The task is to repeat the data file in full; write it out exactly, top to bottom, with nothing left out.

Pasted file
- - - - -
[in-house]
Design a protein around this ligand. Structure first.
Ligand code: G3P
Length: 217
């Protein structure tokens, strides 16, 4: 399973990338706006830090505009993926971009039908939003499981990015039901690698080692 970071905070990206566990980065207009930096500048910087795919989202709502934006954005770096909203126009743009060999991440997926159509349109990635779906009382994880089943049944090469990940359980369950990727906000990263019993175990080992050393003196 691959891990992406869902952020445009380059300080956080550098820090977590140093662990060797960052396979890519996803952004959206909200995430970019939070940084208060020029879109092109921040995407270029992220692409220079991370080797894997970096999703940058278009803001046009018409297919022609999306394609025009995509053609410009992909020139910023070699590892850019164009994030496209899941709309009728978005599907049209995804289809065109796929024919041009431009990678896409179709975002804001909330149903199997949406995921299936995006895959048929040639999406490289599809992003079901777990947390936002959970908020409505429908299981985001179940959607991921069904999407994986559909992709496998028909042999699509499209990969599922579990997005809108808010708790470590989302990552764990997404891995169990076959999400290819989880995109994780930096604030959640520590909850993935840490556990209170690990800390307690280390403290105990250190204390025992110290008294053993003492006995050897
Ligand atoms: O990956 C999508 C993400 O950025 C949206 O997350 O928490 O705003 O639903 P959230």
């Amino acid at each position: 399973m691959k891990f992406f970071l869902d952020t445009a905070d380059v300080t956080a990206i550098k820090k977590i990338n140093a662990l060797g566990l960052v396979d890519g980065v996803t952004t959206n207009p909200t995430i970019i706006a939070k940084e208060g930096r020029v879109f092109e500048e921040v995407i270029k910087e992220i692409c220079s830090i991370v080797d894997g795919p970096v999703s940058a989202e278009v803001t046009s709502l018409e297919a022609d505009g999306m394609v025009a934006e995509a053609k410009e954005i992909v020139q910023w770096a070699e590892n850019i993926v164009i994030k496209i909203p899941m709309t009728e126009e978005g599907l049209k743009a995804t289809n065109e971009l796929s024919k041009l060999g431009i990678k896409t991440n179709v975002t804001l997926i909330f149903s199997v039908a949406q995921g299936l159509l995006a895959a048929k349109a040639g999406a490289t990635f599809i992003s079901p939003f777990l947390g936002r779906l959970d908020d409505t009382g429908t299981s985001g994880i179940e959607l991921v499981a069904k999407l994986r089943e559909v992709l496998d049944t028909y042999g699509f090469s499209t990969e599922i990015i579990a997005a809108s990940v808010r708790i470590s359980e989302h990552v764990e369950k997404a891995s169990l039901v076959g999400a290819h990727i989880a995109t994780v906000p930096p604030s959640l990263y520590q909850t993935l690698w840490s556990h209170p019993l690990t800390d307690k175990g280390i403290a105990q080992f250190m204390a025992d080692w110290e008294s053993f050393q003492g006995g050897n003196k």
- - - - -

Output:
[in-house]
Design a protein around this ligand. Structure first.
Ligand code: G3P
Length: 217
């Protein structure tokens, strides 16, 4: 399973990338706006830090505009993926971009039908939003499981990015039901690698080692 970071905070990206566990980065207009930096500048910087795919989202709502934006954005770096909203126009743009060999991440997926159509349109990635779906009382994880089943049944090469990940359980369950990727906000990263019993175990080992050393003196 691959891990992406869902952020445009380059300080956080550098820090977590140093662990060797960052396979890519996803952004959206909200995430970019939070940084208060020029879109092109921040995407270029992220692409220079991370080797894997970096999703940058278009803001046009018409297919022609999306394609025009995509053609410009992909020139910023070699590892850019164009994030496209899941709309009728978005599907049209995804289809065109796929024919041009431009990678896409179709975002804001909330149903199997949406995921299936995006895959048929040639999406490289599809992003079901777990947390936002959970908020409505429908299981985001179940959607991921069904999407994986559909992709496998028909042999699509499209990969599922579990997005809108808010708790470590989302990552764990997404891995169990076959999400290819989880995109994780930096604030959640520590909850993935840490556990209170690990800390307690280390403290105990250190204390025992110290008294053993003492006995050897
Ligand atoms: O990956 C999508 C993400 O950025 C949206 O997350 O928490 O705003 O639903 P959230």
């Amino acid at each position: 399973m691959k891990f992406f970071l869902d952020t445009a905070d380059v300080t956080a990206i550098k820090k977590i990338n140093a662990l060797g566990l960052v396979d890519g980065v996803t952004t959206n207009p909200t995430i970019i706006a939070k940084e208060g930096r020029v879109f092109e500048e921040v995407i270029k910087e992220i692409c220079s830090i991370v080797d894997g795919p970096v999703s940058a989202e278009v803001t046009s709502l018409e297919a022609d505009g999306m394609v025009a934006e995509a053609k410009e954005i992909v020139q910023w770096a070699e590892n850019i993926v164009i994030k496209i909203p899941m709309t009728e126009e978005g599907l049209k743009a995804t289809n065109e971009l796929s024919k041009l060999g431009i990678k896409t991440n179709v975002t804001l997926i909330f149903s199997v039908a949406q995921g299936l159509l995006a895959a048929k349109a040639g999406a490289t990635f599809i992003s079901p939003f777990l947390g936002r779906l959970d908020d409505t009382g429908t299981s985001g994880i179940e959607l991921v499981a069904k999407l994986r089943e559909v992709l496998d049944t028909y042999g699509f090469s499209t990969e599922i990015i579990a997005a809108s990940v808010r708790i470590s359980e989302h990552v764990e369950k997404a891995s169990l039901v076959g999400a290819h990727i989880a995109t994780v906000p930096p604030s959640l990263y520590q909850t993935l690698w840490s556990h209170p019993l690990t800390d307690k175990g280390i403290a105990q080992f250190m204390a025992d080692w110290e008294s053993f050393q003492g006995g050897n003196k």